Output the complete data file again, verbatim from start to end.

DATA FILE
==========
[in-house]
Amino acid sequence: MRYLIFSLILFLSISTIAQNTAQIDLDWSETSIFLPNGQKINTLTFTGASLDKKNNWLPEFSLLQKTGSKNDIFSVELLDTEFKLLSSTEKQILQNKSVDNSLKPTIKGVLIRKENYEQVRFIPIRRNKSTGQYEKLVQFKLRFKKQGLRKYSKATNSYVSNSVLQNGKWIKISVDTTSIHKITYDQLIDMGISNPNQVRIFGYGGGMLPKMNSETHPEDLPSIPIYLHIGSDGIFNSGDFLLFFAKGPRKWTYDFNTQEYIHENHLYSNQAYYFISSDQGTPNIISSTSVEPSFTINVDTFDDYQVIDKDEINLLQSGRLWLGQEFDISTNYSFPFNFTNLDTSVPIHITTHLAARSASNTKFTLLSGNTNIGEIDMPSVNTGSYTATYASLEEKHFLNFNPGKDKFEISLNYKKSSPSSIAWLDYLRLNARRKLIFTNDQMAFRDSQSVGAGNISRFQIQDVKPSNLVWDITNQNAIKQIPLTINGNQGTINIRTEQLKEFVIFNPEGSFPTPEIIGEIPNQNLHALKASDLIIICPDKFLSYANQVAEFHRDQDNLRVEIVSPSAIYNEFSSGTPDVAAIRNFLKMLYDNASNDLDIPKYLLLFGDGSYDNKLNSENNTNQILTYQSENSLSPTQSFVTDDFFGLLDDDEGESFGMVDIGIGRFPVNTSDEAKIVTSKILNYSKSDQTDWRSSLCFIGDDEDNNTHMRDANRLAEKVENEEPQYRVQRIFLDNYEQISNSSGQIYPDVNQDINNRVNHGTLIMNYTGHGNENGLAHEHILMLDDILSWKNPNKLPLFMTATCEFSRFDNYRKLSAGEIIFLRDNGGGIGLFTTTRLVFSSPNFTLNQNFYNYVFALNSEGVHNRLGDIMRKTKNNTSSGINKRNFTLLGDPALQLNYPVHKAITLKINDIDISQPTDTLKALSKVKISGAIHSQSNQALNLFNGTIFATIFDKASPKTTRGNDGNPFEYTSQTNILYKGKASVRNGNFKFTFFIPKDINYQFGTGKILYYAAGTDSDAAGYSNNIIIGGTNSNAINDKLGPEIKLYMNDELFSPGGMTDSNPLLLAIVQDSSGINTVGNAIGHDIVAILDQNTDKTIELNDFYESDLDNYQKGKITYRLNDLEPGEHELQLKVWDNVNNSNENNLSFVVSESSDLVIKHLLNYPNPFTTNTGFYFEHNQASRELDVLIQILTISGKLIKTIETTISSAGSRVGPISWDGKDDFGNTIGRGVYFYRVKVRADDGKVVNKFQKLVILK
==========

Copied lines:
[in-house]
Amino acid sequence: MRYLIFSLILFLSISTIAQNTAQIDLDWSETSIFLPNGQKINTLTFTGASLDKKNNWLPEFSLLQKTGSKNDIFSVELLDTEFKLLSSTEKQILQNKSVDNSLKPTIKGVLIRKENYEQVRFIPIRRNKSTGQYEKLVQFKLRFKKQGLRKYSKATNSYVSNSVLQNGKWIKISVDTTSIHKITYDQLIDMGISNPNQVRIFGYGGGMLPKMNSETHPEDLPSIPIYLHIGSDGIFNSGDFLLFFAKGPRKWTYDFNTQEYIHENHLYSNQAYYFISSDQGTPNIISSTSVEPSFTINVDTFDDYQVIDKDEINLLQSGRLWLGQEFDISTNYSFPFNFTNLDTSVPIHITTHLAARSASNTKFTLLSGNTNIGEIDMPSVNTGSYTATYASLEEKHFLNFNPGKDKFEISLNYKKSSPSSIAWLDYLRLNARRKLIFTNDQMAFRDSQSVGAGNISRFQIQDVKPSNLVWDITNQNAIKQIPLTINGNQGTINIRTEQLKEFVIFNPEGSFPTPEIIGEIPNQNLHALKASDLIIICPDKFLSYANQVAEFHRDQDNLRVEIVSPSAIYNEFSSGTPDVAAIRNFLKMLYDNASNDLDIPKYLLLFGDGSYDNKLNSENNTNQILTYQSENSLSPTQSFVTDDFFGLLDDDEGESFGMVDIGIGRFPVNTSDEAKIVTSKILNYSKSDQTDWRSSLCFIGDDEDNNTHMRDANRLAEKVENEEPQYRVQRIFLDNYEQISNSSGQIYPDVNQDINNRVNHGTLIMNYTGHGNENGLAHEHILMLDDILSWKNPNKLPLFMTATCEFSRFDNYRKLSAGEIIFLRDNGGGIGLFTTTRLVFSSPNFTLNQNFYNYVFALNSEGVHNRLGDIMRKTKNNTSSGINKRNFTLLGDPALQLNYPVHKAITLKINDIDISQPTDTLKALSKVKISGAIHSQSNQALNLFNGTIFATIFDKASPKTTRGNDGNPFEYTSQTNILYKGKASVRNGNFKFTFFIPKDINYQFGTGKILYYAAGTDSDAAGYSNNIIIGGTNSNAINDKLGPEIKLYMNDELFSPGGMTDSNPLLLAIVQDSSGINTVGNAIGHDIVAILDQNTDKTIELNDFYESDLDNYQKGKITYRLNDLEPGEHELQLKVWDNVNNSNENNLSFVVSESSDLVIKHLLNYPNPFTTNTGFYFEHNQASRELDVLIQILTISGKLIKTIETTISSAGSRVGPISWDGKDDFGNTIGRGVYFYRVKVRADDGKVVNKFQKLVILK